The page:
Pharmacy Application Process

Below you will find information and tips on the process of getting into pharmacy school.

    1.  Completion of pre-pharmacy courses

    2.  PCAT (Pharmacy College Admissions Test)

    3.  Applying to Pharmacy School

    4.  GPA

    5.  Experience and Additional Coursework


1.  Completion of pre-pharmacy courses

Students must complete courses required by the pharmacy school they wish to attend. Pre-requisite courses vary somewhat from school to school. VSU's Chemistry Pre-Pharmacy option is designed to meet the demands of all pharmacy schools in the state of Georgia (UGA, South, PCOM, and Mercer).

2. PCAT (Pharmacy College Admissions Test)

Some pharmacy schools require this exam. Learn more about when the PCAT is offered and how to register. You may take the PCAT multiple times to improve your score.  Students should, however, check with each pharmacy school as to how multiple scores are treated (averaged, highest only, etc.).

3.  Applying to Pharmacy School

Check with the pharmacy school of interest for specifics about their application process. Check for early admissions options and rolling admissions. Rolling admissions means applications are processed for admission as they arrive, perhaps a year or more in advance of matriculation. In such cases the earlier the application, the better the chance of acceptance. In addition to submitting PCAT scores and application forms, the process usually also involves obtaining letters of recommendation and possibly an on-campus interview.

It is common to get on a waiting list for pharmacy school. Don't despair! Some vacancies always occur, even close to the starting date of classes. It's not unheard of for a pharmacy school to call a day or so before classes to give the green light of acceptance.

Four schools in Georgia have pharmacy schools: Mercer, South University, UGA, and PCOM.

4.  GPA Averages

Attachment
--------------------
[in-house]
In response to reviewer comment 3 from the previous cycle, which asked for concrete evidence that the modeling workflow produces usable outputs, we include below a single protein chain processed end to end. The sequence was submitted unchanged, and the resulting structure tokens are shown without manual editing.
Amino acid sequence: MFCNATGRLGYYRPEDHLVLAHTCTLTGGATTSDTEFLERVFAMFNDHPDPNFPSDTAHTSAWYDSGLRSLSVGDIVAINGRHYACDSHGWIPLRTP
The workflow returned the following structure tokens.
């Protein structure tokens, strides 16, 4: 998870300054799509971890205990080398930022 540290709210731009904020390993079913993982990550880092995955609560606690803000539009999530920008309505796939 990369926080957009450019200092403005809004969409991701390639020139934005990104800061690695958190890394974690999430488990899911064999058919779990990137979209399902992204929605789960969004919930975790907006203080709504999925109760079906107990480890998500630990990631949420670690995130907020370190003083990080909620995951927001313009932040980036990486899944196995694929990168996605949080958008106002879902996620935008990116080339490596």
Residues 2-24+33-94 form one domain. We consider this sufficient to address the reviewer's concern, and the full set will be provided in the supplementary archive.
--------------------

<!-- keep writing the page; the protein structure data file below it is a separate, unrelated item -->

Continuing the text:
The minimum undergraduate pre-pharmacy GPA for students accepted to pharmacy schools in the state of Georgia is 2.8, although the average GPA of accepted students can be as high as 3.5 for the most prestigious schools. Students should check with each pharmacy school for the relative importance of pre-pharmacy, overall and science GPAs required for admittance. Most schools require a "C" or better in all pre-pharmacy courses.

5.  Experience and Additional Coursework

Getting accepted to pharmacy school is a very competitive process. Most students accepted into pharmacy schools have experience working in a pharmacy (pharmacy technician, shadowing, etc.) or in another health-related setting. Most admissions offices comment that students with pharmacy experience have a greater chance of being accepted.

Many pharmacy students take courses beyond those required in the pre-pharmacy program before they begin pharmacy school. Many students report that additional courses in biochemistry, microbiology, and anatomy are particularly helpful. While an undergraduate degree is not required by most pharmacy schools, it can boost the attractiveness of a student's application to pharmacy school. The Chemistry Pre-Pharmacy option is appropriate for this goal.